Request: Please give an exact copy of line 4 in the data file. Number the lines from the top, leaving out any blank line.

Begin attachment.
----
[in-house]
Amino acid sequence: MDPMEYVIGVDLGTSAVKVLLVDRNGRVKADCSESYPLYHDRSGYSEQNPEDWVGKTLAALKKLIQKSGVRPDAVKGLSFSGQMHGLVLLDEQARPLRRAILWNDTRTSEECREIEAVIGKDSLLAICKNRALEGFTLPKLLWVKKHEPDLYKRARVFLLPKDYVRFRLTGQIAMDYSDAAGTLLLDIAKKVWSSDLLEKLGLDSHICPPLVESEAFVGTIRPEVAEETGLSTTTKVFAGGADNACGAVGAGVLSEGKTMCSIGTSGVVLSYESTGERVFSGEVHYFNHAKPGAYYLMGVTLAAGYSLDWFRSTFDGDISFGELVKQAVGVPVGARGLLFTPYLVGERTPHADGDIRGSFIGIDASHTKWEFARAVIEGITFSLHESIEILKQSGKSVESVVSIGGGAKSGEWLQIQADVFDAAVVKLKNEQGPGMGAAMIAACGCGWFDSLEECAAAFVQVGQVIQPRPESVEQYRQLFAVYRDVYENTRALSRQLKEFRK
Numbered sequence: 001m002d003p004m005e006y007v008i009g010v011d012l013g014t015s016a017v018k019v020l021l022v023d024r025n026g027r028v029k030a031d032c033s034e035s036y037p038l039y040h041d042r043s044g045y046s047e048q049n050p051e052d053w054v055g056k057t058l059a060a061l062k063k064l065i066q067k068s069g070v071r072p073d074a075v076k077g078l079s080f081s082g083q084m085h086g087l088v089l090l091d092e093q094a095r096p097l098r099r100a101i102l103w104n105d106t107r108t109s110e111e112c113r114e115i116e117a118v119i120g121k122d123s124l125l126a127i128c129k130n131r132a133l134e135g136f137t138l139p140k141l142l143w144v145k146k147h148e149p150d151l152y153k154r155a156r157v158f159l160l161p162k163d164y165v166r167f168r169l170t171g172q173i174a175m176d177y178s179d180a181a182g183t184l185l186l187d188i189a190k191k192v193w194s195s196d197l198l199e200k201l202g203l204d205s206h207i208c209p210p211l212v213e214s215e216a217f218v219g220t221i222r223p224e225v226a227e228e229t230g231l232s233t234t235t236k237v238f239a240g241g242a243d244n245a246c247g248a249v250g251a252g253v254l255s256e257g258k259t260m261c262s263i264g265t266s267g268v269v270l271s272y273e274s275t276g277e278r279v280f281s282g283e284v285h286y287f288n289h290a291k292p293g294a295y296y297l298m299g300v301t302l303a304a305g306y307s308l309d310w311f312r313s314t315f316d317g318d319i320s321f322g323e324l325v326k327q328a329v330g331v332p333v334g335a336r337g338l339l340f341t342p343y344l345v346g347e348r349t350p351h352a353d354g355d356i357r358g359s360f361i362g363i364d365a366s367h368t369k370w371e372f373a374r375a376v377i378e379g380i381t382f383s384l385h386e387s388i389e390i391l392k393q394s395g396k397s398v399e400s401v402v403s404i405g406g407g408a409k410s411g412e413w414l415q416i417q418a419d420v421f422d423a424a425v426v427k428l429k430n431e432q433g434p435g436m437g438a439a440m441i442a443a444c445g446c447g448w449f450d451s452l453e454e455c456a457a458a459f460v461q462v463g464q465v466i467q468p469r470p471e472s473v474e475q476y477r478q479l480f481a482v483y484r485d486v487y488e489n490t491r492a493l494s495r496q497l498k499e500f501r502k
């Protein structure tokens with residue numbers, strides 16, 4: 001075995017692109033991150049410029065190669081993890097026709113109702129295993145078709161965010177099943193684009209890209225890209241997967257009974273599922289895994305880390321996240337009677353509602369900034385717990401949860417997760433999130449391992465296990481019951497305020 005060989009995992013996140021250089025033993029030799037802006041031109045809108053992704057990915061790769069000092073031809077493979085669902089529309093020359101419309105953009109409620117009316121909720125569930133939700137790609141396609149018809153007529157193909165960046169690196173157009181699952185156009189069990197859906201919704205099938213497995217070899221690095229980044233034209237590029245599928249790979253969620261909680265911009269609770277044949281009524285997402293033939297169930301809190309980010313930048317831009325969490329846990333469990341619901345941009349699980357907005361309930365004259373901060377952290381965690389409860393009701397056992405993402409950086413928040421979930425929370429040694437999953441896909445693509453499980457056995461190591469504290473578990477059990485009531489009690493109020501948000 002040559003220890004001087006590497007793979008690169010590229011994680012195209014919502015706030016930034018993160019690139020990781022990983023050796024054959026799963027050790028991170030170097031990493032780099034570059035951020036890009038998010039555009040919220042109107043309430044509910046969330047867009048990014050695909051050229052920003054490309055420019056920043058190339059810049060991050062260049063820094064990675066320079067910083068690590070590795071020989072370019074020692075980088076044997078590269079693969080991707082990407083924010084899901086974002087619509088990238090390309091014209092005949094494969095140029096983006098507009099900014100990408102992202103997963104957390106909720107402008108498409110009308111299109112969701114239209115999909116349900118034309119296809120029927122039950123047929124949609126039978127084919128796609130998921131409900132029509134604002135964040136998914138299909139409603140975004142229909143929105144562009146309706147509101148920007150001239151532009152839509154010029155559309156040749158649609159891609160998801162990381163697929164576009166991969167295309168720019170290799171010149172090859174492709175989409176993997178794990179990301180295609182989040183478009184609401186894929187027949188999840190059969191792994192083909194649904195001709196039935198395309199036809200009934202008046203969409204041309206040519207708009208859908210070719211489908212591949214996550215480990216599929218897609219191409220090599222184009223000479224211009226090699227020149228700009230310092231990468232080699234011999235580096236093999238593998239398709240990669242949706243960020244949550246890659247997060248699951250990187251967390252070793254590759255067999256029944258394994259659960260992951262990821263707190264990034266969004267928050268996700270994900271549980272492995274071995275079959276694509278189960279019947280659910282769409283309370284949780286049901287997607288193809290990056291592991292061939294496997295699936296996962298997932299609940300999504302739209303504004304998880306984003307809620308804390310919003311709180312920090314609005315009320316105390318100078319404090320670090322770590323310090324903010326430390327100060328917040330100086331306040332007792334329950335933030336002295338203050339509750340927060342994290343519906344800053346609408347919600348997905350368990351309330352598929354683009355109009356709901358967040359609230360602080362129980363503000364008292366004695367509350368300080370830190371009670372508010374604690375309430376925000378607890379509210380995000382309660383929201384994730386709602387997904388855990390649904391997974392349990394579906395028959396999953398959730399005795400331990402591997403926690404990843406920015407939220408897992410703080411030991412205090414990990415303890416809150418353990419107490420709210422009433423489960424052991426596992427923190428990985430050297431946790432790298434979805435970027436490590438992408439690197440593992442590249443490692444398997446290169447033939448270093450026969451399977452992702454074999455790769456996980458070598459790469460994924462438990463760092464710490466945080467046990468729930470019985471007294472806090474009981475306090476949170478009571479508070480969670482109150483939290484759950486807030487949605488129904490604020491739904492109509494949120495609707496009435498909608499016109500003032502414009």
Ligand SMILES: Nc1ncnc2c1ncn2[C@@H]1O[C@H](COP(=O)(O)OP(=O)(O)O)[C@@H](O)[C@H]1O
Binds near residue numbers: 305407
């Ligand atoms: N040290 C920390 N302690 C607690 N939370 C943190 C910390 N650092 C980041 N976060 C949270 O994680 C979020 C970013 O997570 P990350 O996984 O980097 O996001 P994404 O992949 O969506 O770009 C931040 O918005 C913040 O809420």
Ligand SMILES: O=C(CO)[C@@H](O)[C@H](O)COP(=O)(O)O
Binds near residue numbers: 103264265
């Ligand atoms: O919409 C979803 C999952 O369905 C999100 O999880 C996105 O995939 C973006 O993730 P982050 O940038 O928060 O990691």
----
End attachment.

């Protein structure tokens with residue numbers, strides 16, 4: 001075995017692109033991150049410029065190669081993890097026709113109702129295993145078709161965010177099943193684009209890209225890209241997967257009974273599922289895994305880390321996240337009677353509602369900034385717990401949860417997760433999130449391992465296990481019951497305020 005060989009995992013996140021250089025033993029030799037802006041031109045809108053992704057990915061790769069000092073031809077493979085669902089529309093020359101419309105953009109409620117009316121909720125569930133939700137790609141396609149018809153007529157193909165960046169690196173157009181699952185156009189069990197859906201919704205099938213497995217070899221690095229980044233034209237590029245599928249790979253969620261909680265911009269609770277044949281009524285997402293033939297169930301809190309980010313930048317831009325969490329846990333469990341619901345941009349699980357907005361309930365004259373901060377952290381965690389409860393009701397056992405993402409950086413928040421979930425929370429040694437999953441896909445693509453499980457056995461190591469504290473578990477059990485009531489009690493109020501948000 002040559003220890004001087006590497007793979008690169010590229011994680012195209014919502015706030016930034018993160019690139020990781022990983023050796024054959026799963027050790028991170030170097031990493032780099034570059035951020036890009038998010039555009040919220042109107043309430044509910046969330047867009048990014050695909051050229052920003054490309055420019056920043058190339059810049060991050062260049063820094064990675066320079067910083068690590070590795071020989072370019074020692075980088076044997078590269079693969080991707082990407083924010084899901086974002087619509088990238090390309091014209092005949094494969095140029096983006098507009099900014100990408102992202103997963104957390106909720107402008108498409110009308111299109112969701114239209115999909116349900118034309119296809120029927122039950123047929124949609126039978127084919128796609130998921131409900132029509134604002135964040136998914138299909139409603140975004142229909143929105144562009146309706147509101148920007150001239151532009152839509154010029155559309156040749158649609159891609160998801162990381163697929164576009166991969167295309168720019170290799171010149172090859174492709175989409176993997178794990179990301180295609182989040183478009184609401186894929187027949188999840190059969191792994192083909194649904195001709196039935198395309199036809200009934202008046203969409204041309206040519207708009208859908210070719211489908212591949214996550215480990216599929218897609219191409220090599222184009223000479224211009226090699227020149228700009230310092231990468232080699234011999235580096236093999238593998239398709240990669242949706243960020244949550246890659247997060248699951250990187251967390252070793254590759255067999256029944258394994259659960260992951262990821263707190264990034266969004267928050268996700270994900271549980272492995274071995275079959276694509278189960279019947280659910282769409283309370284949780286049901287997607288193809290990056291592991292061939294496997295699936296996962298997932299609940300999504302739209303504004304998880306984003307809620308804390310919003311709180312920090314609005315009320316105390318100078319404090320670090322770590323310090324903010326430390327100060328917040330100086331306040332007792334329950335933030336002295338203050339509750340927060342994290343519906344800053346609408347919600348997905350368990351309330352598929354683009355109009356709901358967040359609230360602080362129980363503000364008292366004695367509350368300080370830190371009670372508010374604690375309430376925000378607890379509210380995000382309660383929201384994730386709602387997904388855990390649904391997974392349990394579906395028959396999953398959730399005795400331990402591997403926690404990843406920015407939220408897992410703080411030991412205090414990990415303890416809150418353990419107490420709210422009433423489960424052991426596992427923190428990985430050297431946790432790298434979805435970027436490590438992408439690197440593992442590249443490692444398997446290169447033939448270093450026969451399977452992702454074999455790769456996980458070598459790469460994924462438990463760092464710490466945080467046990468729930470019985471007294472806090474009981475306090476949170478009571479508070480969670482109150483939290484759950486807030487949605488129904490604020491739904492109509494949120495609707496009435498909608499016109500003032502414009």